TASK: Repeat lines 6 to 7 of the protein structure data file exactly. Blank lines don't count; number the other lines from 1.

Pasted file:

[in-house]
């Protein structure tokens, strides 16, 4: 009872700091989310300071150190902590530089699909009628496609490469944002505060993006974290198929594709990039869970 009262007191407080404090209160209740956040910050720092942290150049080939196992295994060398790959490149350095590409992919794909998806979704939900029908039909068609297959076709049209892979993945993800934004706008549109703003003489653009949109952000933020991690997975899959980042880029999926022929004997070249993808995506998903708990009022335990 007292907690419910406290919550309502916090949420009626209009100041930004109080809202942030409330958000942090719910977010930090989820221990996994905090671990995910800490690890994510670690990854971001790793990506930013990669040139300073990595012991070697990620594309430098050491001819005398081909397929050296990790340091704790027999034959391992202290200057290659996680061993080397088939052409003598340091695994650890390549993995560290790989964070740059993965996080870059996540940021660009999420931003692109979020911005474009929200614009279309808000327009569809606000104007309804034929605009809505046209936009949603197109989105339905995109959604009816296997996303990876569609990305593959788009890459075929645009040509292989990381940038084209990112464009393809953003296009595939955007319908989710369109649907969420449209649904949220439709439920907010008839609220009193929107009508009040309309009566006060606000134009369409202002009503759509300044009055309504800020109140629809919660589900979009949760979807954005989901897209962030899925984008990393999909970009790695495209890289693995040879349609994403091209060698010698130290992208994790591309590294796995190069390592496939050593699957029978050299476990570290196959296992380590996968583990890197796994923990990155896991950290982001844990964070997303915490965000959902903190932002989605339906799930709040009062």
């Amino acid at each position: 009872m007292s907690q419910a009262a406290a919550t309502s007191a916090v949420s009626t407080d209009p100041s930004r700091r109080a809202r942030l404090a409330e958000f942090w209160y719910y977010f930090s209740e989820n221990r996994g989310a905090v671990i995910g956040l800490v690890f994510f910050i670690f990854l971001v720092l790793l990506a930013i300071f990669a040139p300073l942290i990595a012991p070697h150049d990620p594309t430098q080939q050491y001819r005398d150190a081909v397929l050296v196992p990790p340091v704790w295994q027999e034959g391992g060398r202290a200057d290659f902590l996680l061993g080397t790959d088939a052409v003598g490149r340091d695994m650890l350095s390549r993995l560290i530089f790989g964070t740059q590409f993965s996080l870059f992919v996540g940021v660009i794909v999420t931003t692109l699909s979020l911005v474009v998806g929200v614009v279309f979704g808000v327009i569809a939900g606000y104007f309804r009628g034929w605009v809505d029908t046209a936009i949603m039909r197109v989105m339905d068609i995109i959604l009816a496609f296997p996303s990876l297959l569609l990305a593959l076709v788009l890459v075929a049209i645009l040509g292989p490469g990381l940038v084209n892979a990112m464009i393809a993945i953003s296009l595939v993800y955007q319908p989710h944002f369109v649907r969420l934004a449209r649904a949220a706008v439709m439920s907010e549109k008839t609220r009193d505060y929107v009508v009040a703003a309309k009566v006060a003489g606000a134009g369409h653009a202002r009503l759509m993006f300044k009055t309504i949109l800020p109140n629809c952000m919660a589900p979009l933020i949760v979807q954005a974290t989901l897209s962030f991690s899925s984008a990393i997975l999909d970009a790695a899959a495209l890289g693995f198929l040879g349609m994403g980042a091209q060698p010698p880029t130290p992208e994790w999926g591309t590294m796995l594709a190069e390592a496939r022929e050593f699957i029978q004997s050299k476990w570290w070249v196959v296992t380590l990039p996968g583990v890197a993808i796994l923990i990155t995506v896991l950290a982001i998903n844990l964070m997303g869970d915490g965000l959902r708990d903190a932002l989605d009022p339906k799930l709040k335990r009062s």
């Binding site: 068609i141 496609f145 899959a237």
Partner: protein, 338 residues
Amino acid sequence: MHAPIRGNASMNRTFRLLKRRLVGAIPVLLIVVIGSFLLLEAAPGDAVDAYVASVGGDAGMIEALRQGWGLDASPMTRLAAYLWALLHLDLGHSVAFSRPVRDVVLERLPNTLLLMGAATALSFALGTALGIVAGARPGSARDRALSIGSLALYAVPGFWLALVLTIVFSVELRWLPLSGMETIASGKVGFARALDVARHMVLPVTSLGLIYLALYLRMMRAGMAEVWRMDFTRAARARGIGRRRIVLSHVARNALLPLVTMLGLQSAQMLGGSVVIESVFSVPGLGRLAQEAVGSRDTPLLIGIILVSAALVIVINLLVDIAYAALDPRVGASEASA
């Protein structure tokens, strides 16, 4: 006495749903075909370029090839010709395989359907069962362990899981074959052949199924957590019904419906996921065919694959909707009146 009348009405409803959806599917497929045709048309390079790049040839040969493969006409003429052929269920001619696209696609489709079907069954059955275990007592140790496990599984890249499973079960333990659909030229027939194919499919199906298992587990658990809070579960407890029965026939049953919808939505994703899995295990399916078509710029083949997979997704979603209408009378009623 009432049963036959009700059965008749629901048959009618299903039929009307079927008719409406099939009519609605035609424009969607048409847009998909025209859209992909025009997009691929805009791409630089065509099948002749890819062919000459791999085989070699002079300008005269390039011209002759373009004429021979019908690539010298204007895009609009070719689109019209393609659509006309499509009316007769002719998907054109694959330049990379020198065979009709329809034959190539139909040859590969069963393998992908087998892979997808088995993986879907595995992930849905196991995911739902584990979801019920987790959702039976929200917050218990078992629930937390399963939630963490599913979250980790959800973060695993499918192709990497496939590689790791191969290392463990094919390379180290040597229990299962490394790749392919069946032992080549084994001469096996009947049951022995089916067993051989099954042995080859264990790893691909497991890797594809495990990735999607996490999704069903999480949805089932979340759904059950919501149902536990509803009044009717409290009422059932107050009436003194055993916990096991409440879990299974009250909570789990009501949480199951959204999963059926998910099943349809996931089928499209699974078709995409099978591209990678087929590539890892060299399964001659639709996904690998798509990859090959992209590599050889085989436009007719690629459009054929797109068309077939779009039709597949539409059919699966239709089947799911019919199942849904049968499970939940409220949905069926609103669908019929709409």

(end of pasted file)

Amino acid sequence: MHAPIRGNASMNRTFRLLKRRLVGAIPVLLIVVIGSFLLLEAAPGDAVDAYVASVGGDAGMIEALRQGWGLDASPMTRLAAYLWALLHLDLGHSVAFSRPVRDVVLERLPNTLLLMGAATALSFALGTALGIVAGARPGSARDRALSIGSLALYAVPGFWLALVLTIVFSVELRWLPLSGMETIASGKVGFARALDVARHMVLPVTSLGLIYLALYLRMMRAGMAEVWRMDFTRAARARGIGRRRIVLSHVARNALLPLVTMLGLQSAQMLGGSVVIESVFSVPGLGRLAQEAVGSRDTPLLIGIILVSAALVIVINLLVDIAYAALDPRVGASEASA
């Protein structure tokens, strides 16, 4: 006495749903075909370029090839010709395989359907069962362990899981074959052949199924957590019904419906996921065919694959909707009146 009348009405409803959806599917497929045709048309390079790049040839040969493969006409003429052929269920001619696209696609489709079907069954059955275990007592140790496990599984890249499973079960333990659909030229027939194919499919199906298992587990658990809070579960407890029965026939049953919808939505994703899995295990399916078509710029083949997979997704979603209408009378009623 009432049963036959009700059965008749629901048959009618299903039929009307079927008719409406099939009519609605035609424009969607048409847009998909025209859209992909025009997009691929805009791409630089065509099948002749890819062919000459791999085989070699002079300008005269390039011209002759373009004429021979019908690539010298204007895009609009070719689109019209393609659509006309499509009316007769002719998907054109694959330049990379020198065979009709329809034959190539139909040859590969069963393998992908087998892979997808088995993986879907595995992930849905196991995911739902584990979801019920987790959702039976929200917050218990078992629930937390399963939630963490599913979250980790959800973060695993499918192709990497496939590689790791191969290392463990094919390379180290040597229990299962490394790749392919069946032992080549084994001469096996009947049951022995089916067993051989099954042995080859264990790893691909497991890797594809495990990735999607996490999704069903999480949805089932979340759904059950919501149902536990509803009044009717409290009422059932107050009436003194055993916990096991409440879990299974009250909570789990009501949480199951959204999963059926998910099943349809996931089928499209699974078709995409099978591209990678087929590539890892060299399964001659639709996904690998798509990859090959992209590599050889085989436009007719690629459009054929797109068309077939779009039709597949539409059919699966239709089947799911019919199942849904049968499970939940409220949905069926609103669908019929709409």